What Every Immigration Patriot Needs To Know About %#!@$#^%!!@ Amnesty
January 03, 2017, 02:40 PM
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In Brenda Walker's current blog entry here, Open-Borders Republicans Gear Up to Fight President Trump’s Enforcement Agenda, she wrote:
[A]mnesty is psychologically wrong. As Senator Grassley remarked following his vote for Reagan’s amnesty, “You know what I found out? If you reward illegality, you get more of it.”

Furthermore, one amnesty of millions in 1986 was an instance of misplaced generosity (where the promised enforcement never occurred) but a second amnesty constitutes a pattern that can never be erased. A second mass reward of lawbreaking foreigners means that immigration anarchy won’t be fixed, ever, because the word will spread across the world that America is still the stupid-generous open-borders soft touch it ever was.

That 1986 amnesty—back when even the Washington Post routinely referred to it as "amnesty"—gifted legal status to about 2.7 million illegal aliens, many under fraudulent pretenses.  But as Brenda reminded us, the enforcement that was supposed to follow the amnesty didn't happen, so the amnesty didn't solve our problem.

And, in fact, there actually have been six further mass amnesties following 1986's, helpfully summarized by NumbersUSA:

The Seven Amnesties Passed by Congress
  1. Immigration and Reform Control Act (IRCA), 1986: A blanket amnesty for some 2.7 million illegal aliens
  2. Section 245(i) Amnesty, 1994: A temporary rolling amnesty for 578,000 illegal aliens
  3. Section 245(i) Extension Amnesty, 1997: An extension of the rolling amnesty created in 1994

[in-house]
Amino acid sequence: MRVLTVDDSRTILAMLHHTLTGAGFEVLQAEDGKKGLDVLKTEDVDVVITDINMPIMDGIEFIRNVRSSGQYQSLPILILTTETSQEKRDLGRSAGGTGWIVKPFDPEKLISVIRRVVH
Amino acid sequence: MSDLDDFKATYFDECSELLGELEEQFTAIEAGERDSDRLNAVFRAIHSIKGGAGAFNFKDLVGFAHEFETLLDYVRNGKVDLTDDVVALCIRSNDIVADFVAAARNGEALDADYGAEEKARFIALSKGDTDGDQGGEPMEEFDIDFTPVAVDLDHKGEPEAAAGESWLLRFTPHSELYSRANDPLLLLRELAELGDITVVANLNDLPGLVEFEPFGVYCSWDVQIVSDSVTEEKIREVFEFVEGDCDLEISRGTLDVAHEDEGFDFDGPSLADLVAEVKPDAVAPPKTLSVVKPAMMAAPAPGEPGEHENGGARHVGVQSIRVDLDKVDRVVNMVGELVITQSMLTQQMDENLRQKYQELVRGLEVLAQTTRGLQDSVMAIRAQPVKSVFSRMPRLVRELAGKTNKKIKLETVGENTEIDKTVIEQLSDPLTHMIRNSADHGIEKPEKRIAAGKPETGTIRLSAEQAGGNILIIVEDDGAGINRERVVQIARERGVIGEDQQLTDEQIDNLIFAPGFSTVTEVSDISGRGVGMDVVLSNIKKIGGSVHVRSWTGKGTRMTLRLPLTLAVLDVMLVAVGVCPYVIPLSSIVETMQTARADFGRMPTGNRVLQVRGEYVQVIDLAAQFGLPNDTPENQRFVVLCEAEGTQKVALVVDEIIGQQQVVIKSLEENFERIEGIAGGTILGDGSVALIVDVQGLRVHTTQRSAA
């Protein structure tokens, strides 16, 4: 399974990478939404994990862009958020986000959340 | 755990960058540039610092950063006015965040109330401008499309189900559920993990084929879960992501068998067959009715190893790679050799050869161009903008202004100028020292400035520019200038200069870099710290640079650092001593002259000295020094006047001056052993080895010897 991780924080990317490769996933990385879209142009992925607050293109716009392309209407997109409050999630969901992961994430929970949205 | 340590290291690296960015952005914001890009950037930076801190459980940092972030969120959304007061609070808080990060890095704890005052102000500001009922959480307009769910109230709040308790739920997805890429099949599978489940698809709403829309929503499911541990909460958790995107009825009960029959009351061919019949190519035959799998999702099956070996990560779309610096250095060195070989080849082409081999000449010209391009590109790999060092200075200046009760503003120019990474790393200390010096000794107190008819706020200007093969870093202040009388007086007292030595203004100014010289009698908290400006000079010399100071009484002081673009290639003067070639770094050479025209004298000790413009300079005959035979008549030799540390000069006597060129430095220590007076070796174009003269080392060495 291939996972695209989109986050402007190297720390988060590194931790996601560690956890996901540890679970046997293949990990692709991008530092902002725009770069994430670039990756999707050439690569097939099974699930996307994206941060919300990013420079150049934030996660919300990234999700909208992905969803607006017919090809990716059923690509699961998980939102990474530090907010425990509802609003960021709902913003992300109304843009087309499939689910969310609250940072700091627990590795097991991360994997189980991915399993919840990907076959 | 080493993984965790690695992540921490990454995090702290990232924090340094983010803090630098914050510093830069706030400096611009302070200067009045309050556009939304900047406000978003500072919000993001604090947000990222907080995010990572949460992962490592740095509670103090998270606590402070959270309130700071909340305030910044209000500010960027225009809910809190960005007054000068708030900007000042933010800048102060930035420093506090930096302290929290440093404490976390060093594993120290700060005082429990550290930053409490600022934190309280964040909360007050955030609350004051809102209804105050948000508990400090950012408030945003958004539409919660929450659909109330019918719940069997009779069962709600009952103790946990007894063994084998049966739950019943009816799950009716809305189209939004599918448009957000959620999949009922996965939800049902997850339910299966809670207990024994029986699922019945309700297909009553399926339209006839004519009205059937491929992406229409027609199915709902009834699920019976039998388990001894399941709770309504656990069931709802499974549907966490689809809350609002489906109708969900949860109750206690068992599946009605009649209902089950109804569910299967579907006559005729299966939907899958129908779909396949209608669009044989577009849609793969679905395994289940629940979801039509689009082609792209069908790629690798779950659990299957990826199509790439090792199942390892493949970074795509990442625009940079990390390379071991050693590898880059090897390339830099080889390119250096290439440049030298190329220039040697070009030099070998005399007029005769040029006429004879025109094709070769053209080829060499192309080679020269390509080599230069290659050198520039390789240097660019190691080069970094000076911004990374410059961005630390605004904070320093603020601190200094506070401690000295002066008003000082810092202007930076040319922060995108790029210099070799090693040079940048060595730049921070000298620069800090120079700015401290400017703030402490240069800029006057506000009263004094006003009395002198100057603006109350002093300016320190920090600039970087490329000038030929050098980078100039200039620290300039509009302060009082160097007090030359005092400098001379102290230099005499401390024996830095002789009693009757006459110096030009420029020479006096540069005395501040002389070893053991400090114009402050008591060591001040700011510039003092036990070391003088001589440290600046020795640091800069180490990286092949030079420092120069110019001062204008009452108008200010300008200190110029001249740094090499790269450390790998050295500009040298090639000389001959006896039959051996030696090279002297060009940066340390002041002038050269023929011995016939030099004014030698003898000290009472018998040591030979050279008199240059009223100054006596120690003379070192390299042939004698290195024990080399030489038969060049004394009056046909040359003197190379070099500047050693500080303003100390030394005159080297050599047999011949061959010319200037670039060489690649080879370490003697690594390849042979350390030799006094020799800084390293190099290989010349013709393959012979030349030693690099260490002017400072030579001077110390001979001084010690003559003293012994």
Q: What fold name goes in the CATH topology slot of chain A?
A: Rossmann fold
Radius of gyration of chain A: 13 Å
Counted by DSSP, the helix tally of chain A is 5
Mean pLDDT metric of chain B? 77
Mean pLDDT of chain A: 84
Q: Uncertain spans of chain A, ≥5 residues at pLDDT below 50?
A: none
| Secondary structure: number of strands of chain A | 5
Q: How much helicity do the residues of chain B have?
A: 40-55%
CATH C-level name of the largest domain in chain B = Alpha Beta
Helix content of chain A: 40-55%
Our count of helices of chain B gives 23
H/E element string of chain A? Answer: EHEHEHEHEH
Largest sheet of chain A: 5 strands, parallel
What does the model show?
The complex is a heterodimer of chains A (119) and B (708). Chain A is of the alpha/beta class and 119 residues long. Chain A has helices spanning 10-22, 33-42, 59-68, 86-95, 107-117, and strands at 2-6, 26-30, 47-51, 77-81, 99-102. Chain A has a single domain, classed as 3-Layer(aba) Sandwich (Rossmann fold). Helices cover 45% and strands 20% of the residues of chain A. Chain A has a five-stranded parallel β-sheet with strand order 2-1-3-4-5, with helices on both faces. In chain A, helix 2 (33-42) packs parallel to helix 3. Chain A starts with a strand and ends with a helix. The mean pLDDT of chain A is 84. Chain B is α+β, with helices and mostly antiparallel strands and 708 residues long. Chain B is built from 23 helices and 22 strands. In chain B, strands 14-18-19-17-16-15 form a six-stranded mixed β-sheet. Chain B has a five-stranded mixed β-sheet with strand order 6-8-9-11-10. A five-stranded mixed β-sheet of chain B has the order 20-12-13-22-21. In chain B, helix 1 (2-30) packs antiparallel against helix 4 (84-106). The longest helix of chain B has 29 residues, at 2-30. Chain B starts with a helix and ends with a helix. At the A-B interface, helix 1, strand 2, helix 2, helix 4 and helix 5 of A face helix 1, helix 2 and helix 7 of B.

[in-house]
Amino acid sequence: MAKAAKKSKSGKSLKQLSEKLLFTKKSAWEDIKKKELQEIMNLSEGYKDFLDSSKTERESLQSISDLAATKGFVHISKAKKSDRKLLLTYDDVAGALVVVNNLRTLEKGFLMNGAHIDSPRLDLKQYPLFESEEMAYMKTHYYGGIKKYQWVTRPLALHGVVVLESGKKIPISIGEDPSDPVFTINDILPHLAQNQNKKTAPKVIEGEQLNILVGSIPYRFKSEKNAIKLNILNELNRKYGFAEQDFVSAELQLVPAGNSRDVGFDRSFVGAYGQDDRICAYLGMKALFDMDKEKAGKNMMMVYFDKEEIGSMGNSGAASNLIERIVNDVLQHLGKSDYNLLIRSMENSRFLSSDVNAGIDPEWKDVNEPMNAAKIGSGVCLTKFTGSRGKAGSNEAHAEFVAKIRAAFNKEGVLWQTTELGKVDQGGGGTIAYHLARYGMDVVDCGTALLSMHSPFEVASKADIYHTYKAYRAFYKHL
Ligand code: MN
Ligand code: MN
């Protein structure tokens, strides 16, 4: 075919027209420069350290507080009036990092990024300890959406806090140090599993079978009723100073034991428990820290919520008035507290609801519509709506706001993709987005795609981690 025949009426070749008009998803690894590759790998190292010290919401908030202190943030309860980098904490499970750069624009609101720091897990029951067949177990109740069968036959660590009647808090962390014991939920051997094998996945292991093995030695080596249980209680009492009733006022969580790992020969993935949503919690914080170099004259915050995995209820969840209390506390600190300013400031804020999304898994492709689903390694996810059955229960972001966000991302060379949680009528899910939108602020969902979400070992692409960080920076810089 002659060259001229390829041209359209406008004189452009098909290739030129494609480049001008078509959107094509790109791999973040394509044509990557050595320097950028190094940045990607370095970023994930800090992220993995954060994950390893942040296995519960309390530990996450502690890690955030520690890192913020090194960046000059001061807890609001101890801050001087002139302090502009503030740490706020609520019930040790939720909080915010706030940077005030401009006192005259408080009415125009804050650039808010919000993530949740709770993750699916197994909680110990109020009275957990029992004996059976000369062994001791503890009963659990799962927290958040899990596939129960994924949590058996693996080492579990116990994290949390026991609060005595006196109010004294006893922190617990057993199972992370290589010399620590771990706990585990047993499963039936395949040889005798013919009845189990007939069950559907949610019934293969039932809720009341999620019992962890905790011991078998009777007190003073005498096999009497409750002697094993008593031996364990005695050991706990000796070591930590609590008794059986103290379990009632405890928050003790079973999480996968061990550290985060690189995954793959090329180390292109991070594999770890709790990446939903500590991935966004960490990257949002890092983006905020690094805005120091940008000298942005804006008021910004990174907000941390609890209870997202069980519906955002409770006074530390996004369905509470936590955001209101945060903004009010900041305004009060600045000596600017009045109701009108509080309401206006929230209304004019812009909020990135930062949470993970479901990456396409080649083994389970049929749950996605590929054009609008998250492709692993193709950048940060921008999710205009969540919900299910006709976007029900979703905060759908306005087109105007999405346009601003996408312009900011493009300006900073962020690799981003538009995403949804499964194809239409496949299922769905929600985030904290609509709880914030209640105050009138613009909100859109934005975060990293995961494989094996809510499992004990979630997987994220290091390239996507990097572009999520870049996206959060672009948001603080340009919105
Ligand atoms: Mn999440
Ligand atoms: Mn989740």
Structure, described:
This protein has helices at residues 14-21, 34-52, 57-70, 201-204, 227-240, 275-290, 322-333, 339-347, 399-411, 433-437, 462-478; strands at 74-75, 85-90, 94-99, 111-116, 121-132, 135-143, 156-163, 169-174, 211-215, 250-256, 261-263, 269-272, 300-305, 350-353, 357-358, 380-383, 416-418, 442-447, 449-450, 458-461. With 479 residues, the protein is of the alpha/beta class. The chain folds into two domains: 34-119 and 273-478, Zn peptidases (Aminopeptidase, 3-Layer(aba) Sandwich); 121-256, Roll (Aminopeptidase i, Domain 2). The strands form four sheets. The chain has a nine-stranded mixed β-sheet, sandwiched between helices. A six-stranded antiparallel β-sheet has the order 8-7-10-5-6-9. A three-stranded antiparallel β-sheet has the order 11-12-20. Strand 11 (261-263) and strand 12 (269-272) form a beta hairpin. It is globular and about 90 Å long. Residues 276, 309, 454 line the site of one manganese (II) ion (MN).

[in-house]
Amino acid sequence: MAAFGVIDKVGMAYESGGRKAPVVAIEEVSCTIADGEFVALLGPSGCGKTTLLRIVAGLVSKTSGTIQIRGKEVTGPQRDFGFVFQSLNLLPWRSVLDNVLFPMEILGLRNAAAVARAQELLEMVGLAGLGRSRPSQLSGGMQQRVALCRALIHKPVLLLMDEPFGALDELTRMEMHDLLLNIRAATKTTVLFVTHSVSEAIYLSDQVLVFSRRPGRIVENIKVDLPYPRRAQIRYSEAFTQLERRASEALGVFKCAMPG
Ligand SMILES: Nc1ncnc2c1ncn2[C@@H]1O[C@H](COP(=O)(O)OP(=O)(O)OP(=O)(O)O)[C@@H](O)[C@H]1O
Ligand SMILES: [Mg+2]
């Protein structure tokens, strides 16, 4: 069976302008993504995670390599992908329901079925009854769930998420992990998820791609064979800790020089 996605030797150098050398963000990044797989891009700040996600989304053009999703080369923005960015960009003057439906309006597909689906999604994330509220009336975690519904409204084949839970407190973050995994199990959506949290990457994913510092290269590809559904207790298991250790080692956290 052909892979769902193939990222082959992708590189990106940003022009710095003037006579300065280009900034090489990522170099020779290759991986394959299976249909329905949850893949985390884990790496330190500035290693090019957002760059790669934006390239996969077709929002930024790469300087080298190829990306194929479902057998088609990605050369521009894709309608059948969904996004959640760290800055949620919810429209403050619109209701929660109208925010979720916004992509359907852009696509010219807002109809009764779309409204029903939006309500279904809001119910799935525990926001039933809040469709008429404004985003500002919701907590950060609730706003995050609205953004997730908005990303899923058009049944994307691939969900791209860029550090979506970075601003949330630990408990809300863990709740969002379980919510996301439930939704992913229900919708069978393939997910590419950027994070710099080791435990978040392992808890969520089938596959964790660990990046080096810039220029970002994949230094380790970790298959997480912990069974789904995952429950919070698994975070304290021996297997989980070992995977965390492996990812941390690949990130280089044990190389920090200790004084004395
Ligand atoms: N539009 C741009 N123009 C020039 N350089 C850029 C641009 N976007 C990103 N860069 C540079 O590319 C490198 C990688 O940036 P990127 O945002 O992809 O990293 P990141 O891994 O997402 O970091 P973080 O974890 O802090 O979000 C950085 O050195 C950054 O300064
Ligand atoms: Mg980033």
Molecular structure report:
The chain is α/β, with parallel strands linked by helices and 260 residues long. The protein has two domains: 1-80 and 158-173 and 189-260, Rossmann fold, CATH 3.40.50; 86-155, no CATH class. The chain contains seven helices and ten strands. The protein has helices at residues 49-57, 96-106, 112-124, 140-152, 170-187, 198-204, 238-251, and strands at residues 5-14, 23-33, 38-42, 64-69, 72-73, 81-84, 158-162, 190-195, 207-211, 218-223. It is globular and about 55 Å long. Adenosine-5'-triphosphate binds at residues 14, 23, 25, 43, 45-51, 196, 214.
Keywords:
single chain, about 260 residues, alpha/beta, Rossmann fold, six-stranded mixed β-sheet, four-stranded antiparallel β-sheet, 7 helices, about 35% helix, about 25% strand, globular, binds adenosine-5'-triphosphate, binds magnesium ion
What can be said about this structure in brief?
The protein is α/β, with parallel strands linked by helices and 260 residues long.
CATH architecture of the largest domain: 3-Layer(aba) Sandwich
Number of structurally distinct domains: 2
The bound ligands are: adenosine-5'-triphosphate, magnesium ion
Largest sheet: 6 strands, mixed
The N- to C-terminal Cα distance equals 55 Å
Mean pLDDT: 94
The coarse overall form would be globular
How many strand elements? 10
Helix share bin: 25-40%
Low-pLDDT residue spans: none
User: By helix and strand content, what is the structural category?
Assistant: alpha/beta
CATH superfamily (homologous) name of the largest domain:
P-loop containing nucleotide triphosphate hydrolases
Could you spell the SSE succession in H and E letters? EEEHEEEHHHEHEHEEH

4. Nicaraguan Adjustment and Central American Relief Act (NACARA) Amnesty, 1997: An amnesty for close to one million illegal aliens from Central America
  5. Haitian Refugee Immigration Fairness Act Amnesty (HRIFA), 1998: An amnesty for 125,000 illegal aliens from Haiti
  6. Late Amnesty, 2000: An amnesty for some illegal aliens who claim they should have been amnestied under the 1986 IRCA amnesty, an estimated 400,000 illegal aliens
  7. LIFE Act Amnesty, 2000: A reinstatement of the rolling Section 245(i) amnesty, an estimated 900,000 illegal aliens
See that NumbersUSA link for (the appalling) details.

And that's not all!  As David North of the Center for Immigration Studies has written, "[T]he United States runs a series of continuing amnesties all the time, year-round, year after year." [Border Crisis or Not, U.S. Continues to Operate a Rolling Amnesty, July 10, 2014] Each such "retail" amnesty involves supposed "hardship" to a U.S. citizen or Lawful Permanent Resident ("LPR," aka "green-card holder") that the illegal alien has glommed onto.

So, pace Brenda, I think immigration patriots need to keep something else foremost in their minds on this subject:

• We started with approximately six million illegal aliens (see discussion at end), about half of whom were amnestied via the 1986 IRCA disaster.

• At least another three million illegal aliens had their status laundered to "legal" in the six subsequent, less-known mass amnesties summarized above.

• Plus there's a steady drip-drip-drip of individual illegal aliens cashing in on our softheadedness.  (Or as Michelle Malkin says, "It ain't over until the alien wins.")

• Despite all those comprehensive capitulations, we have at least 11 million illegal aliens here today—e.g. the official figure [PDF] for January 2012 was 11.4 million—WAAAAAAY MORE THAN WHEN WE STARTED WITH THIS NONSENSE IN 1986.

SO WHY WOULD WE DO IT AGAIN???????

Now if some ignoramuses start babbling to you about "bringing them out of the shadows," give them the four bulleted points above and then polish them off with my exasperated question.

(Of course, counting illegal aliens is akin to the proverbial herding of cats.  But regarding the number of illegal aliens here before the 1986 amnesty was inflicted upon us, we can probably infer it to have been about six million, using a U.S. Immigration and Naturalization Service document from 2000, Estimates of the Unauthorized Immigrant Population Residing in the United States: 1990 to 2000. [PDF]  I leave it to readers to look at footnote #1 along with Chart 1.)